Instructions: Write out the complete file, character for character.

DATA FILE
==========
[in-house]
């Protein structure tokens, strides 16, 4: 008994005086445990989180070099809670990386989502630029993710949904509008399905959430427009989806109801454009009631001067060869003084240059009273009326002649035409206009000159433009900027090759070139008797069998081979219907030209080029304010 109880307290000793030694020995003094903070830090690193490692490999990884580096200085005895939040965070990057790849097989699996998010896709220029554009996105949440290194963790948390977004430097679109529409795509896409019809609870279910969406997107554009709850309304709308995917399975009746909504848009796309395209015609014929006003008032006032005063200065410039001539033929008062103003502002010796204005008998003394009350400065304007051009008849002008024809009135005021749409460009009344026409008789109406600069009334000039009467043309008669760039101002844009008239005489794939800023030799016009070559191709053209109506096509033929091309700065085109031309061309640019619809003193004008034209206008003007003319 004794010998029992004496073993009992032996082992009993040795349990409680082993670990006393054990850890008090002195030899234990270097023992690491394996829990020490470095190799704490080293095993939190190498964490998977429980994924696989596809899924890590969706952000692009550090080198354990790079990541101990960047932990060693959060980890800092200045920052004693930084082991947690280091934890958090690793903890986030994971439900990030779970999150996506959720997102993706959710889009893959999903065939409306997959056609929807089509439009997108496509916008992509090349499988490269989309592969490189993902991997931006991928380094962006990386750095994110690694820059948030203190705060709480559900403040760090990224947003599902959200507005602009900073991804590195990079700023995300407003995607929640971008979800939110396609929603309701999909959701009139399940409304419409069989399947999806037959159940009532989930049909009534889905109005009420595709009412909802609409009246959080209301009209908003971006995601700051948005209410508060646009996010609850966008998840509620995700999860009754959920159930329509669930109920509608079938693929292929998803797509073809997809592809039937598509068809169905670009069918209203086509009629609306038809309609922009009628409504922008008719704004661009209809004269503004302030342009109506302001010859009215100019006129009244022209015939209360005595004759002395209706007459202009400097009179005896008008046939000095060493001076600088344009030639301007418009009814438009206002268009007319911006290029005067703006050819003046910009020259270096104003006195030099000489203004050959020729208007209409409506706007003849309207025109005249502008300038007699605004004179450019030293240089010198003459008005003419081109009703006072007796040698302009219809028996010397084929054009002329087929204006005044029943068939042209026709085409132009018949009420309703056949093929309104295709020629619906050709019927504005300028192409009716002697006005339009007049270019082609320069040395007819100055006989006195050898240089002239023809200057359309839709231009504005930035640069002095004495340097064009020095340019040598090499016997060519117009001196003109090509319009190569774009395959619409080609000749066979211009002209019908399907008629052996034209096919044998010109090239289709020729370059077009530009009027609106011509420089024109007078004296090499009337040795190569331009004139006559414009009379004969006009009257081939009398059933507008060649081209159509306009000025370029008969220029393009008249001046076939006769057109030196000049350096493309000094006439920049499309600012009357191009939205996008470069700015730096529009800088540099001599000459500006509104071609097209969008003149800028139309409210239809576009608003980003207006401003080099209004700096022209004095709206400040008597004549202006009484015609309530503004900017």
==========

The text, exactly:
[in-house]
């Protein structure tokens, strides 16, 4: 008994005086445990989180070099809670990386989502630029993710949904509008399905959430427009989806109801454009009631001067060869003084240059009273009326002649035409206009000159433009900027090759070139008797069998081979219907030209080029304010 109880307290000793030694020995003094903070830090690193490692490999990884580096200085005895939040965070990057790849097989699996998010896709220029554009996105949440290194963790948390977004430097679109529409795509896409019809609870279910969406997107554009709850309304709308995917399975009746909504848009796309395209015609014929006003008032006032005063200065410039001539033929008062103003502002010796204005008998003394009350400065304007051009008849002008024809009135005021749409460009009344026409008789109406600069009334000039009467043309008669760039101002844009008239005489794939800023030799016009070559191709053209109506096509033929091309700065085109031309061309640019619809003193004008034209206008003007003319 004794010998029992004496073993009992032996082992009993040795349990409680082993670990006393054990850890008090002195030899234990270097023992690491394996829990020490470095190799704490080293095993939190190498964490998977429980994924696989596809899924890590969706952000692009550090080198354990790079990541101990960047932990060693959060980890800092200045920052004693930084082991947690280091934890958090690793903890986030994971439900990030779970999150996506959720997102993706959710889009893959999903065939409306997959056609929807089509439009997108496509916008992509090349499988490269989309592969490189993902991997931006991928380094962006990386750095994110690694820059948030203190705060709480559900403040760090990224947003599902959200507005602009900073991804590195990079700023995300407003995607929640971008979800939110396609929603309701999909959701009139399940409304419409069989399947999806037959159940009532989930049909009534889905109005009420595709009412909802609409009246959080209301009209908003971006995601700051948005209410508060646009996010609850966008998840509620995700999860009754959920159930329509669930109920509608079938693929292929998803797509073809997809592809039937598509068809169905670009069918209203086509009629609306038809309609922009009628409504922008008719704004661009209809004269503004302030342009109506302001010859009215100019006129009244022209015939209360005595004759002395209706007459202009400097009179005896008008046939000095060493001076600088344009030639301007418009009814438009206002268009007319911006290029005067703006050819003046910009020259270096104003006195030099000489203004050959020729208007209409409506706007003849309207025109005249502008300038007699605004004179450019030293240089010198003459008005003419081109009703006072007796040698302009219809028996010397084929054009002329087929204006005044029943068939042209026709085409132009018949009420309703056949093929309104295709020629619906050709019927504005300028192409009716002697006005339009007049270019082609320069040395007819100055006989006195050898240089002239023809200057359309839709231009504005930035640069002095004495340097064009020095340019040598090499016997060519117009001196003109090509319009190569774009395959619409080609000749066979211009002209019908399907008629052996034209096919044998010109090239289709020729370059077009530009009027609106011509420089024109007078004296090499009337040795190569331009004139006559414009009379004969006009009257081939009398059933507008060649081209159509306009000025370029008969220029393009008249001046076939006769057109030196000049350096493309000094006439920049499309600012009357191009939205996008470069700015730096529009800088540099001599000459500006509104071609097209969008003149800028139309409210239809576009608003980003207006401003080099209004700096022209004095709206400040008597004549202006009484015609309530503004900017």